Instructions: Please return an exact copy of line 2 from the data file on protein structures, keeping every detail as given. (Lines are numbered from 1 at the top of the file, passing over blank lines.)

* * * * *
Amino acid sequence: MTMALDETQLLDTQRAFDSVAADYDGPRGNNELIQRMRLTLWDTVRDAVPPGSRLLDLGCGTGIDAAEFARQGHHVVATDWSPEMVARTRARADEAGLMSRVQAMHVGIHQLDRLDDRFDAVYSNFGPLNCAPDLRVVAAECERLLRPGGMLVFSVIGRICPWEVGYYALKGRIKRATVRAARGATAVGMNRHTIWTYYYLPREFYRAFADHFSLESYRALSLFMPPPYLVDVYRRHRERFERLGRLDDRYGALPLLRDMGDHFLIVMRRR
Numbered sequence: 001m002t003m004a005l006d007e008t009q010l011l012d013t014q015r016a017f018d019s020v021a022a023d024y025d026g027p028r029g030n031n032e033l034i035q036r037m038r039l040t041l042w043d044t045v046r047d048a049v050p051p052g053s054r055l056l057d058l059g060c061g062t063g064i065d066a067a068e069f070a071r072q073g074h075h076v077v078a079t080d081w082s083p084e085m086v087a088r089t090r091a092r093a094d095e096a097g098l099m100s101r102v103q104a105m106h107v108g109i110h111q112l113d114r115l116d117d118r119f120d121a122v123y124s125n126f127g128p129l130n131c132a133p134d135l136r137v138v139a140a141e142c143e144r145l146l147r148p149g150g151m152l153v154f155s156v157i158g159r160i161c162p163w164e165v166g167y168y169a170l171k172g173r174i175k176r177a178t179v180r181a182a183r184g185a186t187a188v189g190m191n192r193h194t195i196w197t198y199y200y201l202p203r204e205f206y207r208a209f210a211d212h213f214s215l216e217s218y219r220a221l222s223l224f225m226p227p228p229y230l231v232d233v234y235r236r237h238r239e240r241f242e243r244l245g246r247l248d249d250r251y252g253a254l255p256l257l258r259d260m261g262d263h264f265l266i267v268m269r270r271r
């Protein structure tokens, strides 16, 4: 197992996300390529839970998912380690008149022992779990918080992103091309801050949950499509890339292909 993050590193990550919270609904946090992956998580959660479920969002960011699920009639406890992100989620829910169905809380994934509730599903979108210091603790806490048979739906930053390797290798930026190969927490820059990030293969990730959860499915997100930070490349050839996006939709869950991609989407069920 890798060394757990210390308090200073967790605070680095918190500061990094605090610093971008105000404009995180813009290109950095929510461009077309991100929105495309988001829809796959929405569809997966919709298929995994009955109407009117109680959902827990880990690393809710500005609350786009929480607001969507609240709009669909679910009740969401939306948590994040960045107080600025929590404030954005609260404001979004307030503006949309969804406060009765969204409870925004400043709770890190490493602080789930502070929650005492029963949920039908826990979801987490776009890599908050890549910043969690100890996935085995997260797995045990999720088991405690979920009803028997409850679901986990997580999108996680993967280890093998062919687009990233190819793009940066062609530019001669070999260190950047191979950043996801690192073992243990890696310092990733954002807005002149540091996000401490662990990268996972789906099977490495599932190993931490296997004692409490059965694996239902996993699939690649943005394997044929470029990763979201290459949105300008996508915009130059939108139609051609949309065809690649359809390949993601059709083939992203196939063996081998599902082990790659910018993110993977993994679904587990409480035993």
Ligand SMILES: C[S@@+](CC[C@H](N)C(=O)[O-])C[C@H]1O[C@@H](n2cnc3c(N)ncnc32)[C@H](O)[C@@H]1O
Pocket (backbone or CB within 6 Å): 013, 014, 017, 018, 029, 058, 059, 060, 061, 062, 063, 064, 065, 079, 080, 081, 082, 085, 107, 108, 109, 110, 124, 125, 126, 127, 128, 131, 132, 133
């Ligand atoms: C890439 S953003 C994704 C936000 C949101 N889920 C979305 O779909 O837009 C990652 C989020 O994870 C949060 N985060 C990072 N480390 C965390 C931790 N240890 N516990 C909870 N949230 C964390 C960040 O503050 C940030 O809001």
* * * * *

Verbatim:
Numbered sequence: 001m002t003m004a005l006d007e008t009q010l011l012d013t014q015r016a017f018d019s020v021a022a023d024y025d026g027p028r029g030n031n032e033l034i035q036r037m038r039l040t041l042w043d044t045v046r047d048a049v050p051p052g053s054r055l056l057d058l059g060c061g062t063g064i065d066a067a068e069f070a071r072q073g074h075h076v077v078a079t080d081w082s083p084e085m086v087a088r089t090r091a092r093a094d095e096a097g098l099m100s101r102v103q104a105m106h107v108g109i110h111q112l113d114r115l116d117d118r119f120d121a122v123y124s125n126f127g128p129l130n131c132a133p134d135l136r137v138v139a140a141e142c143e144r145l146l147r148p149g150g151m152l153v154f155s156v157i158g159r160i161c162p163w164e165v166g167y168y169a170l171k172g173r174i175k176r177a178t179v180r181a182a183r184g185a186t187a188v189g190m191n192r193h194t195i196w197t198y199y200y201l202p203r204e205f206y207r208a209f210a211d212h213f214s215l216e217s218y219r220a221l222s223l224f225m226p227p228p229y230l231v232d233v234y235r236r237h238r239e240r241f242e243r244l245g246r247l248d249d250r251y252g253a254l255p256l257l258r259d260m261g262d263h264f265l266i267v268m269r270r271r